Plant viruses such as the members of class geminiviridae cause in major
losses in crop yield and revenue. Unfortunately, techniques such as
pathogen-derived resistance and RNA interference showed low rates of
success. With increasing developments in the usage of CRISPR-Cas9
technology, researcher Caixia Gao from the University of Chinese Academy of
Sciences and colleagues take advantage of this technique to confer virus
resistance in plants.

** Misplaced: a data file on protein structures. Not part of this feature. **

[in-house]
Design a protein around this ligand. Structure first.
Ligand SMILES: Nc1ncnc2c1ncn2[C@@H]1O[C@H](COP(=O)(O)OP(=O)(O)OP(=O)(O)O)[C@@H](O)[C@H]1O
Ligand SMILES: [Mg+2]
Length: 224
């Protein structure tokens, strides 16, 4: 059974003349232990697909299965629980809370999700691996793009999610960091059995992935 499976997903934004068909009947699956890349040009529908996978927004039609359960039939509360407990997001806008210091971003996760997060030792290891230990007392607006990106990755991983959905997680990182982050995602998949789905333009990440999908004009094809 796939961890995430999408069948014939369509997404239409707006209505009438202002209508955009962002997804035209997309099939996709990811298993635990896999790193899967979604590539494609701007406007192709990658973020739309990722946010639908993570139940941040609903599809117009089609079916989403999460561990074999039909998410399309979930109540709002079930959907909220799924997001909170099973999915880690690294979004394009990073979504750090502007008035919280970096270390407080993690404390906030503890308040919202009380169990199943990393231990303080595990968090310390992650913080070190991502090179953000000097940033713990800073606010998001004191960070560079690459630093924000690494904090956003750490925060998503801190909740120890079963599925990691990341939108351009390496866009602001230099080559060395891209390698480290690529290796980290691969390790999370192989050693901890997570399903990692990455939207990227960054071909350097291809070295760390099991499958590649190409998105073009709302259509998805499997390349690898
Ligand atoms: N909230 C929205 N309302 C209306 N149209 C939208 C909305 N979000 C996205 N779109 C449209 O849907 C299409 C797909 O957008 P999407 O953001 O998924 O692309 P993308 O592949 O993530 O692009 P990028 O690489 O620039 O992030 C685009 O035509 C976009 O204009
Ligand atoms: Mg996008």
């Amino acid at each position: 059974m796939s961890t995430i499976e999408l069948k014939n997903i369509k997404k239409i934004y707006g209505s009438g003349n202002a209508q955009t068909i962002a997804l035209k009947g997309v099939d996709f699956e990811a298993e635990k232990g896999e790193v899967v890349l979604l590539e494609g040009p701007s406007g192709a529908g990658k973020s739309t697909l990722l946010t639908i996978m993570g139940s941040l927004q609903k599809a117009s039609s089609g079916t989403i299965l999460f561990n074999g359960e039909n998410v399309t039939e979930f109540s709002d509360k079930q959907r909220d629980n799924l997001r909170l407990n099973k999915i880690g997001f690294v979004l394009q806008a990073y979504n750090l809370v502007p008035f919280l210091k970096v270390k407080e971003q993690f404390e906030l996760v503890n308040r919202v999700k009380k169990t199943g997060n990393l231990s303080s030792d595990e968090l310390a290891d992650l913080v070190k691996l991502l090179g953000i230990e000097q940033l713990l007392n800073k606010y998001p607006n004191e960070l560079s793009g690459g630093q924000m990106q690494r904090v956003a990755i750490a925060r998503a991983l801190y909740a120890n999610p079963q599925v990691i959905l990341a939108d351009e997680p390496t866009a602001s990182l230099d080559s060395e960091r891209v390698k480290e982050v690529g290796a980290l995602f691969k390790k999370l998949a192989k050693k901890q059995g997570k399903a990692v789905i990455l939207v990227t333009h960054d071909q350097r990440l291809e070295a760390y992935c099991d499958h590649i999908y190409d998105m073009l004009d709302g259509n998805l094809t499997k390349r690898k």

In their study published in BMC Genome Biology, the researchers first
determined the effect of off-target mutations on plant virus resistance and
further construct two virus-inducible CRISPR/Cas9 vectors to stop the
accumulation of beet severe curly top virus (BSCTV) in tobacco and
Arabidopsis through stable and transient expressions. Results showed no
detectable off-target mutations caused by the developed genome editing
system. The authors end by recommending the technique to be used on crops.